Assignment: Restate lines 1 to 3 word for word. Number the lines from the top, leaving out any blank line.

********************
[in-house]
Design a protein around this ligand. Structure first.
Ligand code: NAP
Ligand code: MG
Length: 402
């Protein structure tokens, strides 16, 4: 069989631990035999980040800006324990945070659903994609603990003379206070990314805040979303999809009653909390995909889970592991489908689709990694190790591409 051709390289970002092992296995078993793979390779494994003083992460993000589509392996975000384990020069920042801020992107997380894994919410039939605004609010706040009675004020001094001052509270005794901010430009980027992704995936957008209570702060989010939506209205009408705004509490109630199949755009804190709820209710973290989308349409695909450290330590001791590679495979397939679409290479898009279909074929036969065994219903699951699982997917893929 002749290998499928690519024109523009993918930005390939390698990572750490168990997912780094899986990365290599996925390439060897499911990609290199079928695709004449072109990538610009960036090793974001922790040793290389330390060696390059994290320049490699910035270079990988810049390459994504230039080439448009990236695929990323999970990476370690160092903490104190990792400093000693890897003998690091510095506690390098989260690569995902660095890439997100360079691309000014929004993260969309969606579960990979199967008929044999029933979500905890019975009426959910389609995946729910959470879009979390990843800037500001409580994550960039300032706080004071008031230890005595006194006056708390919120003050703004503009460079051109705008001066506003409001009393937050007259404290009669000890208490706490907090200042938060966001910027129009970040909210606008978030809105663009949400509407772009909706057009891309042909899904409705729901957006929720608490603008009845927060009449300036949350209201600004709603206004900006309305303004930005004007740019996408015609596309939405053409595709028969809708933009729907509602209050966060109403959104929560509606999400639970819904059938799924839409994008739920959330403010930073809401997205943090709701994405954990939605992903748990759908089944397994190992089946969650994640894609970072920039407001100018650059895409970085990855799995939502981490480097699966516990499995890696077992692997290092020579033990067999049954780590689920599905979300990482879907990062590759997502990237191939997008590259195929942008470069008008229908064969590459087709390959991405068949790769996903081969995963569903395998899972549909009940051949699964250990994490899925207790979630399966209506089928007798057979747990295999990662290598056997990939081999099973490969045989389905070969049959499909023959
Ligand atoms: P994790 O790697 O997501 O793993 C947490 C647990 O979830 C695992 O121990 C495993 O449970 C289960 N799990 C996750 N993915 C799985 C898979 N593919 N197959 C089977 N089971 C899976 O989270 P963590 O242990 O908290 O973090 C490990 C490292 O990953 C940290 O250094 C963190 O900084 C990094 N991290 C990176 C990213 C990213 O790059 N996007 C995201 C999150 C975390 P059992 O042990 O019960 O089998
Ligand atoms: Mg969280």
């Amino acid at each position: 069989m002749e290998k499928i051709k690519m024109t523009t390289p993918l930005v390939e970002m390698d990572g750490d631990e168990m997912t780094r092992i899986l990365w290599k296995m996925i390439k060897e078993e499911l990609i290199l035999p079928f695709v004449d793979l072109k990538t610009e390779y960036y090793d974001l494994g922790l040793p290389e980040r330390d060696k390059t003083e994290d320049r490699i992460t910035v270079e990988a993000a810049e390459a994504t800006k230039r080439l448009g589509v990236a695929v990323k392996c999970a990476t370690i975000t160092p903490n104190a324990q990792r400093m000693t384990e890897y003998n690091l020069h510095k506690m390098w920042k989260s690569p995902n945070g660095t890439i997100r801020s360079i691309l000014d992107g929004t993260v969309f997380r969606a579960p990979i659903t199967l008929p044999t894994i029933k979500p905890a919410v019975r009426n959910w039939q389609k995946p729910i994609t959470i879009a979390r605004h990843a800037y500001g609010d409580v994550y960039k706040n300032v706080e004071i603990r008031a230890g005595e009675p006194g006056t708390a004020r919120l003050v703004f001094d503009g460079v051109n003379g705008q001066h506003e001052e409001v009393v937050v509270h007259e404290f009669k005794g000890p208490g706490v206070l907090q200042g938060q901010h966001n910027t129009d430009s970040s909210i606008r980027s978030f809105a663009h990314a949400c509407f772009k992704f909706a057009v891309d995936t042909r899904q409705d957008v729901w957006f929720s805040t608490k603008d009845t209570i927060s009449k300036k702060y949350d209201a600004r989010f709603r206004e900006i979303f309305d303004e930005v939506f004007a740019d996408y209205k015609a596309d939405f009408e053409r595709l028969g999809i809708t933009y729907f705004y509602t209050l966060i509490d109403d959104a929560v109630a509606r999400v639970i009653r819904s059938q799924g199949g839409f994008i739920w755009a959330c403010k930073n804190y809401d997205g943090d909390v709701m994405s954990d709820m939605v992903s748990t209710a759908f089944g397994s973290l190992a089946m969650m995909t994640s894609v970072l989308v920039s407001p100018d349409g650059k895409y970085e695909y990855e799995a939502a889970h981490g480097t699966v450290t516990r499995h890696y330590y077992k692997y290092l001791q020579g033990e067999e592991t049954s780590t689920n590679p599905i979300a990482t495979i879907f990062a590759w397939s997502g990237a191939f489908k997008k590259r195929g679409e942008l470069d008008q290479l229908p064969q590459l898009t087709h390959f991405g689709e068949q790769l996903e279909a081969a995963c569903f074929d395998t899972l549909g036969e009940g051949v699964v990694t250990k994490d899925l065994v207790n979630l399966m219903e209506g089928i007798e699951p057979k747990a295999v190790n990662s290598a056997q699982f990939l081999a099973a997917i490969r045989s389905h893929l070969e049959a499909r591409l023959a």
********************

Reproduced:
[in-house]
Design a protein around this ligand. Structure first.
Ligand code: NAP